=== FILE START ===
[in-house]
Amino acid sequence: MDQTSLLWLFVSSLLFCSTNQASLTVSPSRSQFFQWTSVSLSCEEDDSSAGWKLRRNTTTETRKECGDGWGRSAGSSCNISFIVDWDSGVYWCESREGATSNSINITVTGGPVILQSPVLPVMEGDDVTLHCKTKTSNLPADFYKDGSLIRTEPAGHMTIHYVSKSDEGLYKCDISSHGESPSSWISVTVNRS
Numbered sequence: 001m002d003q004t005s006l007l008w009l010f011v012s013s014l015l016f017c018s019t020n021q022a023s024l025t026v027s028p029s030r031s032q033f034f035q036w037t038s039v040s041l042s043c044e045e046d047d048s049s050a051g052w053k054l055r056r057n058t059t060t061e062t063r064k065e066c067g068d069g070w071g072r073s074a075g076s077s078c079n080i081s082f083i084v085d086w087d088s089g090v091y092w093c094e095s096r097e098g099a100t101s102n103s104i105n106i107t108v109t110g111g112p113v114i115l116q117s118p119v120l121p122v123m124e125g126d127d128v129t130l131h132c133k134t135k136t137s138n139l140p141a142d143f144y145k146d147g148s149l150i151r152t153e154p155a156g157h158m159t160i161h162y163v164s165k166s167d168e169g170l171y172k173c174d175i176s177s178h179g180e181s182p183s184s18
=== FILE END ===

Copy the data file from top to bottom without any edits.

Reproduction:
[in-house]
Amino acid sequence: MDQTSLLWLFVSSLLFCSTNQASLTVSPSRSQFFQWTSVSLSCEEDDSSAGWKLRRNTTTETRKECGDGWGRSAGSSCNISFIVDWDSGVYWCESREGATSNSINITVTGGPVILQSPVLPVMEGDDVTLHCKTKTSNLPADFYKDGSLIRTEPAGHMTIHYVSKSDEGLYKCDISSHGESPSSWISVTVNRS
Numbered sequence: 001m002d003q004t005s006l007l008w009l010f011v012s013s014l015l016f017c018s019t020n021q022a023s024l025t026v027s028p029s030r031s032q033f034f035q036w037t038s039v040s041l042s043c044e045e046d047d048s049s050a051g052w053k054l055r056r057n058t059t060t061e062t063r064k065e066c067g068d069g070w071g072r073s074a075g076s077s078c079n080i081s082f083i084v085d086w087d088s089g090v091y092w093c094e095s096r097e098g099a100t101s102n103s104i105n106i107t108v109t110g111g112p113v114i115l116q117s118p119v120l121p122v123m124e125g126d127d128v129t130l131h132c133k134t135k136t137s138n139l140p141a142d143f144y145k146d147g148s149l150i151r152t153e154p155a156g157h158m159t160i161h162y163v164s165k166s167d168e169g170l171y172k173c174d175i176s177s178h179g180e181s182p183s184s18